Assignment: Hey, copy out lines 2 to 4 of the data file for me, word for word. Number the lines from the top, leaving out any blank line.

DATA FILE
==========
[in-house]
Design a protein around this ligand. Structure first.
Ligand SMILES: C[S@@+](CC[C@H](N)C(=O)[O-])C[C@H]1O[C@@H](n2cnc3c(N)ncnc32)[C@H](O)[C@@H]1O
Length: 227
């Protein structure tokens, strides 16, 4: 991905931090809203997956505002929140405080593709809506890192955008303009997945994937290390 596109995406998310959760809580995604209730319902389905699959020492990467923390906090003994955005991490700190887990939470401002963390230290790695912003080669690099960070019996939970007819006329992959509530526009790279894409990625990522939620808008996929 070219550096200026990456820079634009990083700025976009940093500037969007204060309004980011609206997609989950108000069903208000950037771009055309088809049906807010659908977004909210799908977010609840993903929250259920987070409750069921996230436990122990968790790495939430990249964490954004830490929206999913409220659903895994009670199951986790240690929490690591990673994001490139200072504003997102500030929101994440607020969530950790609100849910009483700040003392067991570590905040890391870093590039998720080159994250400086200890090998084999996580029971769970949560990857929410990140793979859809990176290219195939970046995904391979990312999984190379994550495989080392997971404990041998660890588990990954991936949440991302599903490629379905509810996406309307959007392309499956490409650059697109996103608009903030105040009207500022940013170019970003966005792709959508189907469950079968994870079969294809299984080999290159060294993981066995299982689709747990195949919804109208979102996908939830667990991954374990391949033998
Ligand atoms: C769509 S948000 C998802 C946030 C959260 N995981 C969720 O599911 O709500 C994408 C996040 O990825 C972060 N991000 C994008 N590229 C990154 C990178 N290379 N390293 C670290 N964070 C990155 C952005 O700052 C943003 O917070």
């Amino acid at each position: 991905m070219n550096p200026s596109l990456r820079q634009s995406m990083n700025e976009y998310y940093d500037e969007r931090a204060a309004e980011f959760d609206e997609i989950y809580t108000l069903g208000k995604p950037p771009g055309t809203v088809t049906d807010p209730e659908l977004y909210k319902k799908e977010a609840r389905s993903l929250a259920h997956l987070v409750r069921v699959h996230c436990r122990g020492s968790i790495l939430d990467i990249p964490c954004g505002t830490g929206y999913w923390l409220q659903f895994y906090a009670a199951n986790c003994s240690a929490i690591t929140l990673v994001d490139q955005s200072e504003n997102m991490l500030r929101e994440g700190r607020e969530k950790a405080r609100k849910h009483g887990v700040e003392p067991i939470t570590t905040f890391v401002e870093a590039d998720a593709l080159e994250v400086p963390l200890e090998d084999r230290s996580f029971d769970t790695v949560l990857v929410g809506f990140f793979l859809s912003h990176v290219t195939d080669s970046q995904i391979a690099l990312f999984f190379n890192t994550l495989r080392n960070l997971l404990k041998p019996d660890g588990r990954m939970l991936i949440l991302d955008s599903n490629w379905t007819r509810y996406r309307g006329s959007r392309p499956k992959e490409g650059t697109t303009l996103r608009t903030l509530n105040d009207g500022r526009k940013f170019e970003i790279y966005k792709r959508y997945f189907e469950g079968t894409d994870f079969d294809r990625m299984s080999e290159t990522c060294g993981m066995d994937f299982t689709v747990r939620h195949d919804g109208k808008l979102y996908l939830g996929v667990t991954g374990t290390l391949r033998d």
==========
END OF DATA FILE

Design a protein around this ligand. Structure first.
Ligand SMILES: C[S@@+](CC[C@H](N)C(=O)[O-])C[C@H]1O[C@@H](n2cnc3c(N)ncnc32)[C@H](O)[C@@H]1O
Length: 227